How long does it take a running newbie to be marathon-ready?
The sight of those weary but triumphant runners crossing a marathon finish line: it’s enough to inspire anyone to crack the trainers out of their box, and start pounding the pavement to emulate their achievements.
But how realistic is it for someone who, beyond school PE class, has never run in their lives, to be ready for the 26-plus mile challenge by this time next year?
According to the experts, it’s entirely doable, and wouldn’t take as long as you may think. But be prepared to put a lot of training hours in, and for the event itself to be one of the most challenging things you’ve ever done.
Six is the magic number
The London Marathon organisers put out a training plan for beginners on the official website, especially with so many runners entering to raise cash for a good cause, rather than build an impressive athletics CV.
And if you’re looking for a ballpark figure for the time required to be route-ready, think at least six months.
The first four to eight weeks of that time should be spent running regularly to get yourself used to having an exercise routine. After that, a 17-week training programme exists, which is a mix of easy runs, break days, stretches, hill runs and fartlek runs (splitting your pace between slow and fast speeds). While marathon training should be a challenge to a beginner, the organisers are keen to stress that it should never be overwhelming.
Build your mind as well as your body
The organisers behind the Great North Run and other long-distance events also offer advice for first-time participants on their website. Their marathon training plan involves a 24-week schedule, but also advice on motivation and the mental preparation which is just as important as getting your body ready.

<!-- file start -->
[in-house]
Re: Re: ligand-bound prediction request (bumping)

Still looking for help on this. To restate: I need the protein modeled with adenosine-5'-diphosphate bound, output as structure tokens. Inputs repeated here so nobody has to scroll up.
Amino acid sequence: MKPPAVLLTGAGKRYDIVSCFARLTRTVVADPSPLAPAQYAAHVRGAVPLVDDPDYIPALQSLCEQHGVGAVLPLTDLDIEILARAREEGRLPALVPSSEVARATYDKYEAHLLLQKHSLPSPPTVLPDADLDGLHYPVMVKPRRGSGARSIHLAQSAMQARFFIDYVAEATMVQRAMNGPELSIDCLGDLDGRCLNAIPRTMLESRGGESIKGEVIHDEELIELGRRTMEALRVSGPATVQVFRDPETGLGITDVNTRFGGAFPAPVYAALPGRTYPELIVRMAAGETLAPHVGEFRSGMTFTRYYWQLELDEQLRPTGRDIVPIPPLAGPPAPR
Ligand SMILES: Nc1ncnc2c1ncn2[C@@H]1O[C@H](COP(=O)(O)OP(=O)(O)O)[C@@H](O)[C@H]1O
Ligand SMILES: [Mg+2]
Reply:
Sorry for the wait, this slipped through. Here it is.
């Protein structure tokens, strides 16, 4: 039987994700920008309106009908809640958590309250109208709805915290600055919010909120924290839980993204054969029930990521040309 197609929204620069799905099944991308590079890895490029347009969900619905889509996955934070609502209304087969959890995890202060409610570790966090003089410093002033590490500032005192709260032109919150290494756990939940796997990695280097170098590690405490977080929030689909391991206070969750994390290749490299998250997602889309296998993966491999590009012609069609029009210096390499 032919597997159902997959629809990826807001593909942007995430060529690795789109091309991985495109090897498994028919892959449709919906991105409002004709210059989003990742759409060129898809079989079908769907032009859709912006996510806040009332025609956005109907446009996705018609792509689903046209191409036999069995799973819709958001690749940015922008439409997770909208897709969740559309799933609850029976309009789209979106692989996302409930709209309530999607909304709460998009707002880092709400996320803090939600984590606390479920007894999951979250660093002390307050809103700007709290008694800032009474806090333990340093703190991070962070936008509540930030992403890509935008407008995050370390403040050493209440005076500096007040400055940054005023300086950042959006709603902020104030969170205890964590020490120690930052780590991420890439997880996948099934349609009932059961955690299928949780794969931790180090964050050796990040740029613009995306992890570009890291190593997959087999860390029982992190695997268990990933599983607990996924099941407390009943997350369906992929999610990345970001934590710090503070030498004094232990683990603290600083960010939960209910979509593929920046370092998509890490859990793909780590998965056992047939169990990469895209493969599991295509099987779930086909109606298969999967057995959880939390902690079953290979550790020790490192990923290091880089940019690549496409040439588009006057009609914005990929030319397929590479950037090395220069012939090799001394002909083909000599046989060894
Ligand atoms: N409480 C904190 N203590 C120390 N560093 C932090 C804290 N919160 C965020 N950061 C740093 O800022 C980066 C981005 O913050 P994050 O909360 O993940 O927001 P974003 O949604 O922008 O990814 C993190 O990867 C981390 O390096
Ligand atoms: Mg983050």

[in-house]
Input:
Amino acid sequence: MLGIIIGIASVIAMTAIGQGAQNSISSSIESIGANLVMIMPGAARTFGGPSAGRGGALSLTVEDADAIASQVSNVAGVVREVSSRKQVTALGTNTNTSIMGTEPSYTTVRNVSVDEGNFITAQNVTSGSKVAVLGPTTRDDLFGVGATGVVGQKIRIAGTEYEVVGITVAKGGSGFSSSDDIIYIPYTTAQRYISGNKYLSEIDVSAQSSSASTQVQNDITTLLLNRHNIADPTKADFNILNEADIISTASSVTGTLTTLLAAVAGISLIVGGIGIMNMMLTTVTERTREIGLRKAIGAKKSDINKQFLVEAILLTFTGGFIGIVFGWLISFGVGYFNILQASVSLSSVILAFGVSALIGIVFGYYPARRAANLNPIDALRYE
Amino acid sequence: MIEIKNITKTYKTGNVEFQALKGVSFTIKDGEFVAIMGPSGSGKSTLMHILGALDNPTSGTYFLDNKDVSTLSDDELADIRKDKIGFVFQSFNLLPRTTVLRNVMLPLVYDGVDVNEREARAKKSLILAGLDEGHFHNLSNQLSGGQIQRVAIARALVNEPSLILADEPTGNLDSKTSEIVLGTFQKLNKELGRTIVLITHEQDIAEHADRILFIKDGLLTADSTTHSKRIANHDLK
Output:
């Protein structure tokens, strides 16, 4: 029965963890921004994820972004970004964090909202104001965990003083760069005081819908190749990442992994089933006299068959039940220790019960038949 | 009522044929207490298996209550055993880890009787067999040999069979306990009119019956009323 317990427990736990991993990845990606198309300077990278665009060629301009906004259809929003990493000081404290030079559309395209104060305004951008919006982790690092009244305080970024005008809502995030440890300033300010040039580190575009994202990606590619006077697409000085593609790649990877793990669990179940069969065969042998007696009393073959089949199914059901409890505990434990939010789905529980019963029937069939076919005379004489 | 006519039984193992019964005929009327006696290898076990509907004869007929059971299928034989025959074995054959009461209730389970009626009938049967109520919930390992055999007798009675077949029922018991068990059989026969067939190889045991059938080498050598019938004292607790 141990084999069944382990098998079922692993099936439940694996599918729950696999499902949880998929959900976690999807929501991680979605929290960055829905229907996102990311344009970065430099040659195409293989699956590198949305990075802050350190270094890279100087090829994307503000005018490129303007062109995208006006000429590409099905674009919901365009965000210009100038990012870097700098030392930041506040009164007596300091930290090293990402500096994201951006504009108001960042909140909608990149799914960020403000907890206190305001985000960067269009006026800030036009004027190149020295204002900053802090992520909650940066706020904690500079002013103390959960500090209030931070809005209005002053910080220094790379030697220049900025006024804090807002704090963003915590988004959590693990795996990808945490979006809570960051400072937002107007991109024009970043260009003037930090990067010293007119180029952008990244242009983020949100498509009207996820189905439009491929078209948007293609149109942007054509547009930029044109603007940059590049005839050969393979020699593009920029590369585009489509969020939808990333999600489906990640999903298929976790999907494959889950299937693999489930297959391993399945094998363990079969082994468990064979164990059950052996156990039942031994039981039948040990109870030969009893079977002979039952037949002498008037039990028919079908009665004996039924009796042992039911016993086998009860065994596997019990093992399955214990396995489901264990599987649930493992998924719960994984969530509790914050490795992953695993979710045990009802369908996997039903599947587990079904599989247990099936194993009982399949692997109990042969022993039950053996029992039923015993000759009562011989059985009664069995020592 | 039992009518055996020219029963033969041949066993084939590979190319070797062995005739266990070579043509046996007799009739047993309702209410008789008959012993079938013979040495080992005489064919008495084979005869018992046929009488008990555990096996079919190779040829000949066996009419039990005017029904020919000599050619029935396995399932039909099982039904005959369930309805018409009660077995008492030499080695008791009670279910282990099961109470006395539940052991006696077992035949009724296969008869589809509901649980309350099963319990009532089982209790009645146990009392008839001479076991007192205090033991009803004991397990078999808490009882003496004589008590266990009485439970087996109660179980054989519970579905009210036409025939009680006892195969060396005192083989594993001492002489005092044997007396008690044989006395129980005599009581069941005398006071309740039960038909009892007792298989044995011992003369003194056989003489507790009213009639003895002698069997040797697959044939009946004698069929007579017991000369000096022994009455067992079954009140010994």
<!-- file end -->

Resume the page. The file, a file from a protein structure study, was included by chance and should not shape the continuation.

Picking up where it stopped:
In an article on the Great Run website, sports scientist and former Olympic pentathlete Professor Greg Whyte says: “You are very unlikely to enter a run with the absolute belief that you will be successful. Whether your goal is to complete the distance, run a particular time or to win, it is only natural to possess some doubt.
“But see this as a positive thing – if success was a foregone conclusion it wouldn’t be worth achieving! Unlike motivation, which can often be high when you start out, belief in your capabilities builds more progressively.”
Listen to your doctor
Before anyone jumps off the sofa and prepares for a distance that could take a beginner more than five hours to complete, remember that your health is more important than anything.
The NHS has its own guide to taking up running from a standing (or sitting) start, and suggests building up to a 5k run rather than a marathon, although this could also act as a milestone on the way to completing a longer distance.
Their online advice reads: “If you feel out of shape, or you're recovering from injury or worried about an existing condition, see your GP before you start running.”
But as with anything, it's always good to hear from someone with experience.
Mike Addelman is a media relations officer at University of Manchester and one of the organisers of the city’s Purple Wave running event.
He knows at first hand what it’s like to change your lifestyle and become a runner, although he worked his way up to a marathon after competing in events over shorter distances.
Mike told the BBC: “It feels like an amazing achievement to complete a marathon and I’m very proud that I I’ve done three of them. It really is for most people, but I would suggest starting at 5k, then building up to 10k, a half-marathon and then going for a marathon.
“I started running seven years ago and anyone who knew me at school would be amazed to know that I’ve run a marathon, as I was always the last to finish when we did cross country.
“By the time of my third marathon, I found it easier as I was running 5 or 6 times a week at that stage. My first marathon was hard though: I really did ‘hit the wall’, as they say, and it was tough to get through it. But the emotions were very high at the end of it so it was very worthwhile. I was in tears when I crossed the line. In fact, I always am at the end of any race.”
Have a long think. Weigh up the pros and cons. If 2020 sounds too ambitious, aim for 2021 instead, or later. But if you do have that finish line in your sights, the very best of luck.